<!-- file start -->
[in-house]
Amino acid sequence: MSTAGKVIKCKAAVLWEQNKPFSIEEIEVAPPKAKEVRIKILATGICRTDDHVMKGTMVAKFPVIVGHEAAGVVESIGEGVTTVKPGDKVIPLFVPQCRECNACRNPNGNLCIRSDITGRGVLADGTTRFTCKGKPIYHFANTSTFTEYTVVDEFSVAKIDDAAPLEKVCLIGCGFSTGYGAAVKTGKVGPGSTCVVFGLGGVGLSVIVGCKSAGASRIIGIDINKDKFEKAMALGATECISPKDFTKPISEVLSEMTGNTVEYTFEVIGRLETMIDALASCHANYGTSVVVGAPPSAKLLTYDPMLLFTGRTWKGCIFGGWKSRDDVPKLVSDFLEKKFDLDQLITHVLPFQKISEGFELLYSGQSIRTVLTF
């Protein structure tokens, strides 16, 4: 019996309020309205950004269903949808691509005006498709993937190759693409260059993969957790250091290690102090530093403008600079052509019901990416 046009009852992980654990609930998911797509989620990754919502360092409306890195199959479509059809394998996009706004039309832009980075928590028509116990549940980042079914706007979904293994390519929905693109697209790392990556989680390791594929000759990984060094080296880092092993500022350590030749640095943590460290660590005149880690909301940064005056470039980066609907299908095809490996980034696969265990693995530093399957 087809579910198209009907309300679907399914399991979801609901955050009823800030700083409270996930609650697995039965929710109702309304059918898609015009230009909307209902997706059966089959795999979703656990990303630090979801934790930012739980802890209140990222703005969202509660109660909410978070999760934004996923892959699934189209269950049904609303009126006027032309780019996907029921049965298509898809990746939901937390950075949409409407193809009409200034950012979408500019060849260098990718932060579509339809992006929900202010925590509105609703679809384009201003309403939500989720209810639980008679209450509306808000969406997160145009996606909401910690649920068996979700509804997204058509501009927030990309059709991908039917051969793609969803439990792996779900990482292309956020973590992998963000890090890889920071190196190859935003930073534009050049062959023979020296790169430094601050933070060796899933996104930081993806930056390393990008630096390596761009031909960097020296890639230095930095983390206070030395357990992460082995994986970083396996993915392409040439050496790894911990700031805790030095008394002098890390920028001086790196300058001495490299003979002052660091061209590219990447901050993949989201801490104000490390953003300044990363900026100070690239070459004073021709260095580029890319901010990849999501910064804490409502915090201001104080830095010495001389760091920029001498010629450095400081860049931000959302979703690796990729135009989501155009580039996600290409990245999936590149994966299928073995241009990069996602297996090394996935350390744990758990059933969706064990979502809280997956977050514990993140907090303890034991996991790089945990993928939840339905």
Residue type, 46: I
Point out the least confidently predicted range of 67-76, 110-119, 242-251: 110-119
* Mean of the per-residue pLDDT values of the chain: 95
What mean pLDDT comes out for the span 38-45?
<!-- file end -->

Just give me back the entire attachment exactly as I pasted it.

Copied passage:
[in-house]
Amino acid sequence: MSTAGKVIKCKAAVLWEQNKPFSIEEIEVAPPKAKEVRIKILATGICRTDDHVMKGTMVAKFPVIVGHEAAGVVESIGEGVTTVKPGDKVIPLFVPQCRECNACRNPNGNLCIRSDITGRGVLADGTTRFTCKGKPIYHFANTSTFTEYTVVDEFSVAKIDDAAPLEKVCLIGCGFSTGYGAAVKTGKVGPGSTCVVFGLGGVGLSVIVGCKSAGASRIIGIDINKDKFEKAMALGATECISPKDFTKPISEVLSEMTGNTVEYTFEVIGRLETMIDALASCHANYGTSVVVGAPPSAKLLTYDPMLLFTGRTWKGCIFGGWKSRDDVPKLVSDFLEKKFDLDQLITHVLPFQKISEGFELLYSGQSIRTVLTF
């Protein structure tokens, strides 16, 4: 019996309020309205950004269903949808691509005006498709993937190759693409260059993969957790250091290690102090530093403008600079052509019901990416 046009009852992980654990609930998911797509989620990754919502360092409306890195199959479509059809394998996009706004039309832009980075928590028509116990549940980042079914706007979904293994390519929905693109697209790392990556989680390791594929000759990984060094080296880092092993500022350590030749640095943590460290660590005149880690909301940064005056470039980066609907299908095809490996980034696969265990693995530093399957 087809579910198209009907309300679907399914399991979801609901955050009823800030700083409270996930609650697995039965929710109702309304059918898609015009230009909307209902997706059966089959795999979703656990990303630090979801934790930012739980802890209140990222703005969202509660109660909410978070999760934004996923892959699934189209269950049904609303009126006027032309780019996907029921049965298509898809990746939901937390950075949409409407193809009409200034950012979408500019060849260098990718932060579509339809992006929900202010925590509105609703679809384009201003309403939500989720209810639980008679209450509306808000969406997160145009996606909401910690649920068996979700509804997204058509501009927030990309059709991908039917051969793609969803439990792996779900990482292309956020973590992998963000890090890889920071190196190859935003930073534009050049062959023979020296790169430094601050933070060796899933996104930081993806930056390393990008630096390596761009031909960097020296890639230095930095983390206070030395357990992460082995994986970083396996993915392409040439050496790894911990700031805790030095008394002098890390920028001086790196300058001495490299003979002052660091061209590219990447901050993949989201801490104000490390953003300044990363900026100070690239070459004073021709260095580029890319901010990849999501910064804490409502915090201001104080830095010495001389760091920029001498010629450095400081860049931000959302979703690796990729135009989501155009580039996600290409990245999936590149994966299928073995241009990069996602297996090394996935350390744990758990059933969706064990979502809280997956977050514990993140907090303890034991996991790089945990993928939840339905």
Residue type, 46: I
Point out the least confidently predicted range of 67-76, 110-119, 242-251: 110-119
* Mean of the per-residue pLDDT values of the chain: 95
What mean pLDDT comes out for the span 38-45?